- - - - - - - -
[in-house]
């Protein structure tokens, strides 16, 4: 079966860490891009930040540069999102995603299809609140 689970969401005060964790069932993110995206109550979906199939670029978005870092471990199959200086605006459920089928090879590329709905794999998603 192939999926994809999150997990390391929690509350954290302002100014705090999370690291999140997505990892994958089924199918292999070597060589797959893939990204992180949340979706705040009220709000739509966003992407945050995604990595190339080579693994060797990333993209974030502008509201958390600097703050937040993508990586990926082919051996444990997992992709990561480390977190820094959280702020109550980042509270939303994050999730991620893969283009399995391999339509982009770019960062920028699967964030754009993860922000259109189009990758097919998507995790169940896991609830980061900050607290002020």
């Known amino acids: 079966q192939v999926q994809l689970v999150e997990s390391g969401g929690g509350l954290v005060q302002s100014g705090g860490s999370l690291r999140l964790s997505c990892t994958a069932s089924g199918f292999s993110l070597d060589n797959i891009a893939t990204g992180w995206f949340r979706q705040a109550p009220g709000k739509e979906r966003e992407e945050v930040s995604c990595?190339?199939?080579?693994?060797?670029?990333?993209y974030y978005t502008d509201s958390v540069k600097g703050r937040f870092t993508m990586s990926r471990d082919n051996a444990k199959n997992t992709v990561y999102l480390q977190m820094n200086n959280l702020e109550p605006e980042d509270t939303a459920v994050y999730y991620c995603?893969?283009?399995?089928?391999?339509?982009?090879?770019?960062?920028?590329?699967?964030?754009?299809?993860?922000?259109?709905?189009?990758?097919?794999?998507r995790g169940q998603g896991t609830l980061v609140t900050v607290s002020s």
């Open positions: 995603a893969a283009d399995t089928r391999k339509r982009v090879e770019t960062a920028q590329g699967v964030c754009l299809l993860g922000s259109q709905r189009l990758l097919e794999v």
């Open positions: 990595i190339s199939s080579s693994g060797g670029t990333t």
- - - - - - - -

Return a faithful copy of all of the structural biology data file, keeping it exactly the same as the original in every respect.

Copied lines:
[in-house]
């Protein structure tokens, strides 16, 4: 079966860490891009930040540069999102995603299809609140 689970969401005060964790069932993110995206109550979906199939670029978005870092471990199959200086605006459920089928090879590329709905794999998603 192939999926994809999150997990390391929690509350954290302002100014705090999370690291999140997505990892994958089924199918292999070597060589797959893939990204992180949340979706705040009220709000739509966003992407945050995604990595190339080579693994060797990333993209974030502008509201958390600097703050937040993508990586990926082919051996444990997992992709990561480390977190820094959280702020109550980042509270939303994050999730991620893969283009399995391999339509982009770019960062920028699967964030754009993860922000259109189009990758097919998507995790169940896991609830980061900050607290002020």
């Known amino acids: 079966q192939v999926q994809l689970v999150e997990s390391g969401g929690g509350l954290v005060q302002s100014g705090g860490s999370l690291r999140l964790s997505c990892t994958a069932s089924g199918f292999s993110l070597d060589n797959i891009a893939t990204g992180w995206f949340r979706q705040a109550p009220g709000k739509e979906r966003e992407e945050v930040s995604c990595?190339?199939?080579?693994?060797?670029?990333?993209y974030y978005t502008d509201s958390v540069k600097g703050r937040f870092t993508m990586s990926r471990d082919n051996a444990k199959n997992t992709v990561y999102l480390q977190m820094n200086n959280l702020e109550p605006e980042d509270t939303a459920v994050y999730y991620c995603?893969?283009?399995?089928?391999?339509?982009?090879?770019?960062?920028?590329?699967?964030?754009?299809?993860?922000?259109?709905?189009?990758?097919?794999?998507r995790g169940q998603g896991t609830l980061v609140t900050v607290s002020s």
């Open positions: 995603a893969a283009d399995t089928r391999k339509r982009v090879e770019t960062a920028q590329g699967v964030c754009l299809l993860g922000s259109q709905r189009l990758l097919e794999v």
């Open positions: 990595i190339s199939s080579s693994g060797g670029t990333t």